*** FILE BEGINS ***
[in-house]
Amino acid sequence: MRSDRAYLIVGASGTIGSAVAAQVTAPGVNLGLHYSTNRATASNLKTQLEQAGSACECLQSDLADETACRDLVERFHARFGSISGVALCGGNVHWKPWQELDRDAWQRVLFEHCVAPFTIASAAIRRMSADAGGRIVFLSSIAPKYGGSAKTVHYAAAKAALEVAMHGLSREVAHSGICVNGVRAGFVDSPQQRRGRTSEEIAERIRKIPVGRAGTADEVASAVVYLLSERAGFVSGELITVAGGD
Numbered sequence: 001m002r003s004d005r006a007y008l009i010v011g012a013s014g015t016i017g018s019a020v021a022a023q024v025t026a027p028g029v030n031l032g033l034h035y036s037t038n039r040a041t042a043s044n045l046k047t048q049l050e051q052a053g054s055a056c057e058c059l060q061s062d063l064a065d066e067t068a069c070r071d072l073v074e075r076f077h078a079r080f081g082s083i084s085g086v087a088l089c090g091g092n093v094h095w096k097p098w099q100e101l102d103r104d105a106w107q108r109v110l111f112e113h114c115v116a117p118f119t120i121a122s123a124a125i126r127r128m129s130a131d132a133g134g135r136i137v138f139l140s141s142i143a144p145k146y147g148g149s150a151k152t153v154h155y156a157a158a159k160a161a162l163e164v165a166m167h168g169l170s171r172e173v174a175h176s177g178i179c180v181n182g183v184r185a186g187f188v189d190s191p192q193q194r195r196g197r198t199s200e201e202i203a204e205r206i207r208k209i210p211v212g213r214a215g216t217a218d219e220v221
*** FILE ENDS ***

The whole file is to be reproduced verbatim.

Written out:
[in-house]
Amino acid sequence: MRSDRAYLIVGASGTIGSAVAAQVTAPGVNLGLHYSTNRATASNLKTQLEQAGSACECLQSDLADETACRDLVERFHARFGSISGVALCGGNVHWKPWQELDRDAWQRVLFEHCVAPFTIASAAIRRMSADAGGRIVFLSSIAPKYGGSAKTVHYAAAKAALEVAMHGLSREVAHSGICVNGVRAGFVDSPQQRRGRTSEEIAERIRKIPVGRAGTADEVASAVVYLLSERAGFVSGELITVAGGD
Numbered sequence: 001m002r003s004d005r006a007y008l009i010v011g012a013s014g015t016i017g018s019a020v021a022a023q024v025t026a027p028g029v030n031l032g033l034h035y036s037t038n039r040a041t042a043s044n045l046k047t048q049l050e051q052a053g054s055a056c057e058c059l060q061s062d063l064a065d066e067t068a069c070r071d072l073v074e075r076f077h078a079r080f081g082s083i084s085g086v087a088l089c090g091g092n093v094h095w096k097p098w099q100e101l102d103r104d105a106w107q108r109v110l111f112e113h114c115v116a117p118f119t120i121a122s123a124a125i126r127r128m129s130a131d132a133g134g135r136i137v138f139l140s141s142i143a144p145k146y147g148g149s150a151k152t153v154h155y156a157a158a159k160a161a162l163e164v165a166m167h168g169l170s171r172e173v174a175h176s177g178i179c180v181n182g183v184r185a186g187f188v189d190s191p192q193q194r195r196g197r198t199s200e201e202i203a204e205r206i207r208k209i210p211v212g213r214a215g216t217a218d219e220v221